Peter Y. Sussman was an award-winning editor at the San Francisco Chronicle from 1964 to 1993 and has written, edited, taught, and lectured widely since then. He is the coauthor of Committing Journalism and was a coauthor of the Society of Professional Journalists’ Code of Ethics. He lives in Berkeley, California.
BABY BLUEBLOOD AND HOBOHEMIAN
Just enough letters survive from Decca's childhood to give a feel for the peculiar nature of the close-knit, even ingrown, world in which she was raised, mostly in a succession of country mansions and the family's London house. Even without biographical background—available in innumerable memoirs, biographies, and autobiographies of the Mitford sisters and their friends—Decca's earliest surviving letters convey the self-confidence and freedom that come with a pedigree of privilege, as well as the bantering, chattering, brash playfulness, and the sometimes stinging wit and candor that characterized this particular family.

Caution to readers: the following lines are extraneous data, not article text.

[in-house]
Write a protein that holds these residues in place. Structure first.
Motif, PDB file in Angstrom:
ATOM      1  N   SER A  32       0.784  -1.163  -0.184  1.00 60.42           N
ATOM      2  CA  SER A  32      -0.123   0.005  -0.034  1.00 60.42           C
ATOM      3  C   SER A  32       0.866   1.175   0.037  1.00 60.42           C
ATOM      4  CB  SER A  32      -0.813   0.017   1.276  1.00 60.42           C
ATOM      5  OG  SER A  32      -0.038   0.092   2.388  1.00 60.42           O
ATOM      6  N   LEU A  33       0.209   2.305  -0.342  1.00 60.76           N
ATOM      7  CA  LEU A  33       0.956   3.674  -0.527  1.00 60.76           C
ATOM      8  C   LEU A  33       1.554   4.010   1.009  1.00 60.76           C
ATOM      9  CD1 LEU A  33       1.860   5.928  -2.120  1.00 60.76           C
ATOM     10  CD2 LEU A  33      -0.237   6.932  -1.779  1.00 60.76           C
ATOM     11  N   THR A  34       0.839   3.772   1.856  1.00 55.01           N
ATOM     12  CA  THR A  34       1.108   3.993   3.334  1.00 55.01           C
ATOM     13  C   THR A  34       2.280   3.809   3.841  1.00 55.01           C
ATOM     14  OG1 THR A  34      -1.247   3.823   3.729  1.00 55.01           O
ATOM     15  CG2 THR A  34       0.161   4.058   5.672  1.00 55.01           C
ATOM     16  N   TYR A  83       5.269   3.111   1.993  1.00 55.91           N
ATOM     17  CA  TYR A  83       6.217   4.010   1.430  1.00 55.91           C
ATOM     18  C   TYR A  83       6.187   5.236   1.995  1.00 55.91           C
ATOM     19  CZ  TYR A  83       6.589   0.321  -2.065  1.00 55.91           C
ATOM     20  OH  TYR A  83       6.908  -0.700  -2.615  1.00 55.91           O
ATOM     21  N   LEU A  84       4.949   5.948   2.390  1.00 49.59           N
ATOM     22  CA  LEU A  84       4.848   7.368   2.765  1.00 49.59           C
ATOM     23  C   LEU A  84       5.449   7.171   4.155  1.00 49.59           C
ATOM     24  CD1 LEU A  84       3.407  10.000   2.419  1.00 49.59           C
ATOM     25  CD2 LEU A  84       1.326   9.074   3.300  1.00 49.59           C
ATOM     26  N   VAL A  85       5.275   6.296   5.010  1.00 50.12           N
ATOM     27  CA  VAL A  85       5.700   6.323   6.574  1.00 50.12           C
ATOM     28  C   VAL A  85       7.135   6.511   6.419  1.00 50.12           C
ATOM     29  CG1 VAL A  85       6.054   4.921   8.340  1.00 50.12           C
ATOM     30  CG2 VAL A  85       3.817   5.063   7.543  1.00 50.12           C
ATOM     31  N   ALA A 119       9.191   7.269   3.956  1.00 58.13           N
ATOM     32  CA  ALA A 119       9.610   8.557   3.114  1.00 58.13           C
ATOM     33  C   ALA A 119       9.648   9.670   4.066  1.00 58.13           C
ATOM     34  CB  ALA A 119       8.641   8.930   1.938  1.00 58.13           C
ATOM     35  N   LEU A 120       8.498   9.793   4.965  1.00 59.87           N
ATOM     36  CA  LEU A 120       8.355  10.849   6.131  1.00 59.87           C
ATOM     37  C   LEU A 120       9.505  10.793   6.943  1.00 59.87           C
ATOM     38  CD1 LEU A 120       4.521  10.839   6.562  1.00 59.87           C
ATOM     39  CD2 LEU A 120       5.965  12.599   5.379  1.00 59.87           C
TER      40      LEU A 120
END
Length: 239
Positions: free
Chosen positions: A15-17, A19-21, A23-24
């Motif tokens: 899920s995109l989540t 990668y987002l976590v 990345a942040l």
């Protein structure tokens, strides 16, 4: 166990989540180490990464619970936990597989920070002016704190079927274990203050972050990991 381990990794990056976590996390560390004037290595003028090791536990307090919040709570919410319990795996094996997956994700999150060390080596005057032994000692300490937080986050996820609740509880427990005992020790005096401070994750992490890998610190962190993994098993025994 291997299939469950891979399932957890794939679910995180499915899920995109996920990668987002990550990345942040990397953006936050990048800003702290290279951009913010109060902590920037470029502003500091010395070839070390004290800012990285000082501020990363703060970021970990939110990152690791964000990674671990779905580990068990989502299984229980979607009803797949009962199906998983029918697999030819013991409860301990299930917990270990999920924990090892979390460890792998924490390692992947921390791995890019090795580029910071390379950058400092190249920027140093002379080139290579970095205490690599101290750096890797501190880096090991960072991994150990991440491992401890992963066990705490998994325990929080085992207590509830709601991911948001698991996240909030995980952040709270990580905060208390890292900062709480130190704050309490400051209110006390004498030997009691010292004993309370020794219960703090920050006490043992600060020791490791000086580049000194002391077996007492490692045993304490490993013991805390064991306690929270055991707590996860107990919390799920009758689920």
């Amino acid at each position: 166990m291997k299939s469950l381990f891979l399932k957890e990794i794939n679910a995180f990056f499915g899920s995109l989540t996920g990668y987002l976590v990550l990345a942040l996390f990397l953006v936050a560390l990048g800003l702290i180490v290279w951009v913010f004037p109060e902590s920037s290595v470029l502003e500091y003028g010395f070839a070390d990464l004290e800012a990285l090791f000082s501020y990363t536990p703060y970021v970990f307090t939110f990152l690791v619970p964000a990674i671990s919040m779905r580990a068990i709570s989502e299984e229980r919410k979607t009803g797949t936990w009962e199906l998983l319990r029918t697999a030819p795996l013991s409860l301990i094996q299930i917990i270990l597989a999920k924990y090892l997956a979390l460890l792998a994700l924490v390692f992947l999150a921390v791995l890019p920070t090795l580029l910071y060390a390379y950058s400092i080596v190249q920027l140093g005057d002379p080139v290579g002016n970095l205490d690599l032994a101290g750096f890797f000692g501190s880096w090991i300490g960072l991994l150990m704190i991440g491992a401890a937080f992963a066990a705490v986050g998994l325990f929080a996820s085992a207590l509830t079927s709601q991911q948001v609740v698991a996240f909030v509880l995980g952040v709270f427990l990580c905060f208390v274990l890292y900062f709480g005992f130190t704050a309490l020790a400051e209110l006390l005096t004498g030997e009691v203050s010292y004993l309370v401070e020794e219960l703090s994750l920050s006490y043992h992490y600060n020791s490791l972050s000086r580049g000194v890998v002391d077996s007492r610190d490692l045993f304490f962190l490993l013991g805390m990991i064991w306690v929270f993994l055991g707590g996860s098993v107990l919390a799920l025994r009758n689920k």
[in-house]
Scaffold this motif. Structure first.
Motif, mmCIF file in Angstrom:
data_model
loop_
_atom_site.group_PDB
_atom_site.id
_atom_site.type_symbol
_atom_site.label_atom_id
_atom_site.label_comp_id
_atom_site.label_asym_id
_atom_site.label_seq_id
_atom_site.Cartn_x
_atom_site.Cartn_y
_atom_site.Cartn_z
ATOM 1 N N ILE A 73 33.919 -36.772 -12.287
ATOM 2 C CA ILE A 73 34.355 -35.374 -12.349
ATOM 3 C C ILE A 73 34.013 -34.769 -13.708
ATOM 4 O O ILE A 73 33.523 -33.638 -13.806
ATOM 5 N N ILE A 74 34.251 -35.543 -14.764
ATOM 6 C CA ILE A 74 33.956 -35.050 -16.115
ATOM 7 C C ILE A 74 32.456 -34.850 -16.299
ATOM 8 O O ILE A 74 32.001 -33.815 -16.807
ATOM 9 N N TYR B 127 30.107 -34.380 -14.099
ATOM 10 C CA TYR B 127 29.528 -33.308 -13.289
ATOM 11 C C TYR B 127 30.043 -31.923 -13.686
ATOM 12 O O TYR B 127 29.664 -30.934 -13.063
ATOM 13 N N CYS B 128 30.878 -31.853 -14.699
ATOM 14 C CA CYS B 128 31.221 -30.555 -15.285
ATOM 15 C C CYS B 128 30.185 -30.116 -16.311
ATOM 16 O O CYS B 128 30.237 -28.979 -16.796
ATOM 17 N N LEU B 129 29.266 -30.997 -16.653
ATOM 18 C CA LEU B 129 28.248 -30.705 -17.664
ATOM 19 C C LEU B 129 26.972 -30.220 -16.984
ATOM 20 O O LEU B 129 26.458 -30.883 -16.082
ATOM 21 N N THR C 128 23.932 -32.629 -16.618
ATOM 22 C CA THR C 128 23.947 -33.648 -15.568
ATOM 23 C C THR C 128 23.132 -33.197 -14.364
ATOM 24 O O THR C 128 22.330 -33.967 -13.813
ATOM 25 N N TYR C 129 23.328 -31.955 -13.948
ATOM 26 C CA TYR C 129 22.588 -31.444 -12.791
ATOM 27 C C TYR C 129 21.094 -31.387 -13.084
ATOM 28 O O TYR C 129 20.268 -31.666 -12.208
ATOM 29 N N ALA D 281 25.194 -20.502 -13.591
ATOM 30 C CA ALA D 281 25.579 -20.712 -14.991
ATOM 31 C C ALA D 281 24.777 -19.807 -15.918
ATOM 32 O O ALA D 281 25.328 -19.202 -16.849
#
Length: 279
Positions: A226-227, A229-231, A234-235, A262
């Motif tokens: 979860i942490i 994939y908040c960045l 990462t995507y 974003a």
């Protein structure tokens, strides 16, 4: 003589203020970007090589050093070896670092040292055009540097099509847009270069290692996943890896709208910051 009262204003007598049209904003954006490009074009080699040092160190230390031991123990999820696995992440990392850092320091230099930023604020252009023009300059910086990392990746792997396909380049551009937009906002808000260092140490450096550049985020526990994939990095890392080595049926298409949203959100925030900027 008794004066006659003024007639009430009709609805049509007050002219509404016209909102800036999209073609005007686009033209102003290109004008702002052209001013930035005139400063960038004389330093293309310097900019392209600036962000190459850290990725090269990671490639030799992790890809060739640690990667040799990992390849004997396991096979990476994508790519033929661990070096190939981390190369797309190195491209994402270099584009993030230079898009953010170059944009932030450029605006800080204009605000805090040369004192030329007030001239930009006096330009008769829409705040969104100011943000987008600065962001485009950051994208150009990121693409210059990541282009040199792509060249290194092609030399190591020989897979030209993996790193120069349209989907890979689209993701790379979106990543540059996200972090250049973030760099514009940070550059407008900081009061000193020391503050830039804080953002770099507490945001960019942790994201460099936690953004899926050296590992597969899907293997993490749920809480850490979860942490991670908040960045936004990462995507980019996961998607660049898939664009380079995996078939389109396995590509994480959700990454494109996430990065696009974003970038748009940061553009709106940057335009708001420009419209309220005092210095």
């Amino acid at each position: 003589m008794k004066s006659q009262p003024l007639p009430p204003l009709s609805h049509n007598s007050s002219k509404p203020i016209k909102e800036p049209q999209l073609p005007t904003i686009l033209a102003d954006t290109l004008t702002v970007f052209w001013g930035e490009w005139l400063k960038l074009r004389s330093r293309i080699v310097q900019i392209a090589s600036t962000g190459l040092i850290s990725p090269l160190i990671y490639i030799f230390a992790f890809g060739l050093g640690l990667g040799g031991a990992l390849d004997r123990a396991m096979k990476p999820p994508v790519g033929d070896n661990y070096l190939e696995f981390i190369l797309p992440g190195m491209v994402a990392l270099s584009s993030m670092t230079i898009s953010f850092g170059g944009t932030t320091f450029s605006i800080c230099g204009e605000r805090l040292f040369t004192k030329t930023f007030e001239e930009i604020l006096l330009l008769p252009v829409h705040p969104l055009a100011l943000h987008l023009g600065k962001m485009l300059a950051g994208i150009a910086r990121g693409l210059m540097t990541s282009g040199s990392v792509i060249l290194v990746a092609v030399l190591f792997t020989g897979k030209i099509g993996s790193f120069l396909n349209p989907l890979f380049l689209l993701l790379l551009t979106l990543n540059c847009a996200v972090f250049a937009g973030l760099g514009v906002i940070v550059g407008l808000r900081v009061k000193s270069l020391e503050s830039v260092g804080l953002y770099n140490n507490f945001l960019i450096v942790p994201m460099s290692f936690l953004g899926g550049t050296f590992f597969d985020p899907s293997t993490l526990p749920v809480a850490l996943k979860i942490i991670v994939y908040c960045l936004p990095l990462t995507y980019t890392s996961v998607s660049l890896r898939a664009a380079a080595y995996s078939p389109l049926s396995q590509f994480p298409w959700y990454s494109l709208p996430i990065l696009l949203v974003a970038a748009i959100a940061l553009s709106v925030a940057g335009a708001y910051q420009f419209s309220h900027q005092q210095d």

As devotees of the family's legend are all too aware, in addition to the secret languages and rituals the children and their parents had numerous nicknames that sometimes showed the daughters' cult of inventive nonsense and sometimes carried political or ironic undertones. In Decca's early letters, Baron Redesdale was "the Old Subhuman" and "the Feudal Remnant," among other names, and both parents were "the Revereds" or the Female (Fem) and Male, although they were most commonly and endearingly simply Muv and Farve.
Decca's parents, she once wrote, were "Edwardian by chronology but Victorian in ideology." Her father, she said, "acquired [an] extra degree of British jingoism, remarkable even for his class and generation," and she noted that her two Nazi sisters used to refer to him, "approvingly and accurately," as "one of Nature's Fascists."